London property prices: Data reveals 29-year average to save for home in capital

Single Londoners can expect to save more 29 years before being able to put down a 20 per cent deposit on a home

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The Independent Online

Single Londoners will have to save for almost thirty years before accruing enough to purchase a home in the capital, according to figures released by Shelter.

On average a single working person living in London will have to save for 29 years before being in a position to put down a deposit in the UK’s capital.

The report, A Home of Their Own, was commissioned by Shelter and examined three types of household: a childless couple working fulltime, a couple with one child (one parent working full time and the other part-time), and a single adult working fulltime.

Shelter commissioned Liverpool Economics to give projections for how long it would take the three buyers – all estimated in their twenties - to save up a 20 per cent deposit.

In more than 70 per cent of counties and unitary authorities across England it will take couples with a child more than a decade, and in a third of these counties more than 15 years.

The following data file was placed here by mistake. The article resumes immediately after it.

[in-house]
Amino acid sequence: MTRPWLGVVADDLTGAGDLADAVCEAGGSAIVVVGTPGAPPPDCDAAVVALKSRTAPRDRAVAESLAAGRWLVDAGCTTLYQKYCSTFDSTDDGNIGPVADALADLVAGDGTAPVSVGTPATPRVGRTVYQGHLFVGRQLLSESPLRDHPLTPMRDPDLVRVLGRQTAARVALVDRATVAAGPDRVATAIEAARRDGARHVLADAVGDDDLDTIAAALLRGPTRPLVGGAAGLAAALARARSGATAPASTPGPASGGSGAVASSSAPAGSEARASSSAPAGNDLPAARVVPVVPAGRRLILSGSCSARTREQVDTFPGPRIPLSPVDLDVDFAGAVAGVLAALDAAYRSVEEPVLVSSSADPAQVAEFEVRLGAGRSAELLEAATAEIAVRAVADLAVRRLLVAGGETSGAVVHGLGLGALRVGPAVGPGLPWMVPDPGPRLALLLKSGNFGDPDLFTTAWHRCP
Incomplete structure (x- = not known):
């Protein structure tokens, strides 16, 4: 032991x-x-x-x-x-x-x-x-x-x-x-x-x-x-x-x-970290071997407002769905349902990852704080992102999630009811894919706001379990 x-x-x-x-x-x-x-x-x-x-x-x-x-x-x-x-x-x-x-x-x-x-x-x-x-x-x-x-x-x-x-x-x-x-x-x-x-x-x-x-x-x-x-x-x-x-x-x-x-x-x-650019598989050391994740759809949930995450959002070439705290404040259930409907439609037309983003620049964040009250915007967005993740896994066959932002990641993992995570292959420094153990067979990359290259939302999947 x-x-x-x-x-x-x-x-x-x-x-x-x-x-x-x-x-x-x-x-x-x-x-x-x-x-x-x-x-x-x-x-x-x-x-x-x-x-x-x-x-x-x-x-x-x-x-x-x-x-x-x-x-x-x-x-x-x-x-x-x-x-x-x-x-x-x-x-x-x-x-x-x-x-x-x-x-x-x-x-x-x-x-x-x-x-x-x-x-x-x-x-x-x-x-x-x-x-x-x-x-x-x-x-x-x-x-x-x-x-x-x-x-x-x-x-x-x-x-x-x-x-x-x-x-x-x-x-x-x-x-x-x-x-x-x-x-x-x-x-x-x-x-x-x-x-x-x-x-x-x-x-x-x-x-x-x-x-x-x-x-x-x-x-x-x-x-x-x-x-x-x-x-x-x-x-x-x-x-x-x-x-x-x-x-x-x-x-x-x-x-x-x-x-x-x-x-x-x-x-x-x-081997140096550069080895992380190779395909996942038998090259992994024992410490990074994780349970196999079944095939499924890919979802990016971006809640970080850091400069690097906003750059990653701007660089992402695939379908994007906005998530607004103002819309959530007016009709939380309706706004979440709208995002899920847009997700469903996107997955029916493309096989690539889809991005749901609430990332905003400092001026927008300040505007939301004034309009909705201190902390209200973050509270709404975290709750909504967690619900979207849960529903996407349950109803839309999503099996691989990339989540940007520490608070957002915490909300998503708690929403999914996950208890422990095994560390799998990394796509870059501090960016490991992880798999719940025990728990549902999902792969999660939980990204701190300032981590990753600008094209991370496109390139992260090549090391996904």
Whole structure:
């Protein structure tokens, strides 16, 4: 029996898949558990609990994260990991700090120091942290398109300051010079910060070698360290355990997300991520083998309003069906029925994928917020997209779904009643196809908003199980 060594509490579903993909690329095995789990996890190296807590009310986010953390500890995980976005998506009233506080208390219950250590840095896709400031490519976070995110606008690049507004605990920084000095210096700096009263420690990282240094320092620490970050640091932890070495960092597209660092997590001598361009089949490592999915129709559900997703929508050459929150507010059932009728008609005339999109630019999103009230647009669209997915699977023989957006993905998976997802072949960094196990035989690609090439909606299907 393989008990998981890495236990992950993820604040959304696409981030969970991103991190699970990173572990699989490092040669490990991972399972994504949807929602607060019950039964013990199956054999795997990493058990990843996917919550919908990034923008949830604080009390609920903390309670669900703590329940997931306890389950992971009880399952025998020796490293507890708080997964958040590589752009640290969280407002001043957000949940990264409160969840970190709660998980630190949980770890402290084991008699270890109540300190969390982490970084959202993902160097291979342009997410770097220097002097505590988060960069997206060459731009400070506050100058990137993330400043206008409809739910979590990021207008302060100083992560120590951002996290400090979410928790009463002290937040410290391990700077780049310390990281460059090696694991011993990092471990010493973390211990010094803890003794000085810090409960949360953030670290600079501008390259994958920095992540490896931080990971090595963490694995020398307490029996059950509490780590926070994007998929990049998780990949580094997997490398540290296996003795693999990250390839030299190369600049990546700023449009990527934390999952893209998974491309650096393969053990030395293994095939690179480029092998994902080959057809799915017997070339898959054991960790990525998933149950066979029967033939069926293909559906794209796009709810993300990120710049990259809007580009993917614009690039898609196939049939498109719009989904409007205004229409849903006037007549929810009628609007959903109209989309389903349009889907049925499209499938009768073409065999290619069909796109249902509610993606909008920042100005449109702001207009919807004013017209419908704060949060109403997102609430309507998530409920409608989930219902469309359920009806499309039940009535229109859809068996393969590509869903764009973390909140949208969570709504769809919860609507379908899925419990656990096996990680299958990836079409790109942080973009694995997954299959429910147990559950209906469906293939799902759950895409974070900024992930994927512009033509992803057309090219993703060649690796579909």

In London it would take couples with just the one child 25 years and eight months (on average) to save for the deposit on their first home.

Working couples without children, earning a combined salary of £53,384, would be able to save enough in 13.5 years.

Outside London the situation is less bleak. In the North West the average time taken to save for a deposit for single working individuals is roughly 9.8 years.


The calculations took into account regional variations in prices and assumed that those attempting to get onto the property ladder had no prior savings.

Shelter’s chief executive Campbell Robb told The Guardian: “Homeownership used to be within most people’s reach, but the rising shortage of affordable homes has pushed house prices up so high that for millions of young people it’s now just a fantasy, however how hard they work or save.”

The news comes as London house prices continue to increase, despite appearing to tail off at the end of last year.

A survey by property website Rightmove found property asking prices had grown 0.9 in the first month. Although sluggish, the growth compares well to the beginning of last year, which saw an increase of just 0.2.